Most communication is unconscious. You may think you’re delivering clear and consistent messages based on your words and intention, but unconscious nonverbal behaviors are key to power communications.
This is a harder concept to grasp because if something is unconscious, you’re not aware of it. How can you take control of a conversation or presentation when the cues you project are hidden?
Startling advances in brain science have made it possible for us to gather and test evidence as we uncover the unconscious mind’s amazing strengths. While our conscious brains can only handle some 40 bits of information per second, the unconscious mind processes an astounding 11 million bits per second. Amazing isn’t it?
Evolution has given our unconscious minds the ability to handle most incoming cues automatically and rapidly, thus freeing our conscious minds to make complex decisions. Much of this activity occurs instantaneously, nonverbally and unconsciously.
Examples of when your unconscious mind is at work are when:
- You quickly brake or swerve to avoid an object in the road.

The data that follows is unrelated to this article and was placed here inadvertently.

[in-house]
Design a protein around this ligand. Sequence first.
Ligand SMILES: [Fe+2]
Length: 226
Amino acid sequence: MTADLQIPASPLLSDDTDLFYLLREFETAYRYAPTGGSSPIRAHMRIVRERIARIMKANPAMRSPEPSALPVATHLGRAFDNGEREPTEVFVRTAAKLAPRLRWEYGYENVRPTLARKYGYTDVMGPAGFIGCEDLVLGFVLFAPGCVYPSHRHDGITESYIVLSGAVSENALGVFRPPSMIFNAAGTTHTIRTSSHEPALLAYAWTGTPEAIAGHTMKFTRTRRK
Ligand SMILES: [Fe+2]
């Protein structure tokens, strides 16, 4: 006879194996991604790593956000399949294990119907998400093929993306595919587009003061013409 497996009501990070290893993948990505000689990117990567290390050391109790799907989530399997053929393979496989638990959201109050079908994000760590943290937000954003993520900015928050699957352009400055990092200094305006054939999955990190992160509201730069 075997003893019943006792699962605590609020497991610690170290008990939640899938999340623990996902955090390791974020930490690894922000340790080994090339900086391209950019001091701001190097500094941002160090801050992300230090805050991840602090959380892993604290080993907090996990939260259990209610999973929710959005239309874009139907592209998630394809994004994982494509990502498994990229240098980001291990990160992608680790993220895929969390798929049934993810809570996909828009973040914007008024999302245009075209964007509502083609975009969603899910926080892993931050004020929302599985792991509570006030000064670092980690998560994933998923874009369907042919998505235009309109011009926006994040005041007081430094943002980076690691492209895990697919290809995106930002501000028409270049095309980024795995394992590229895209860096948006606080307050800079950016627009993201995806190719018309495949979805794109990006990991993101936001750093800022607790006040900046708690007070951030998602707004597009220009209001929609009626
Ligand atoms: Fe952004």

- You physically shift position to mirror a colleague’s posture.
- You and a friend simultaneously blurt out the same phrase or idea.
- You have a gut feeling that the person speaking to you is concealing information.
Without the activation of your unconscious mind, you would react too slowly to avoid danger, would have a hard time relating to others and would be unable to read emotional cues that detect lies or authenticity.
The same holds true for leadership communication. If you rely solely on your words, you’re missing opportunities to more powerfully inspire others. Studies continue to confirm that listeners perceive a message’s meaning largely through nonverbal, subconscious processing.
Despite all of this research, some of us cling to the notion that we rule our unconscious minds, and not vice versa. In truth, we make most decisions unconsciously, only becoming aware of them when we start to act upon them.
What’s important here is that we can shine a light on many of the communication cues that we don’t pay attention to. We make the unconscious conscious by becoming more aware, more sensitive.
It’s work that few leaders and managers excel at intuitively. The great news is that most of us can learn to read unconscious cues better by working with a coach. I’ve seen it happen and over again in my own coaching practice.
If you’re curious, let’s talk – contact me.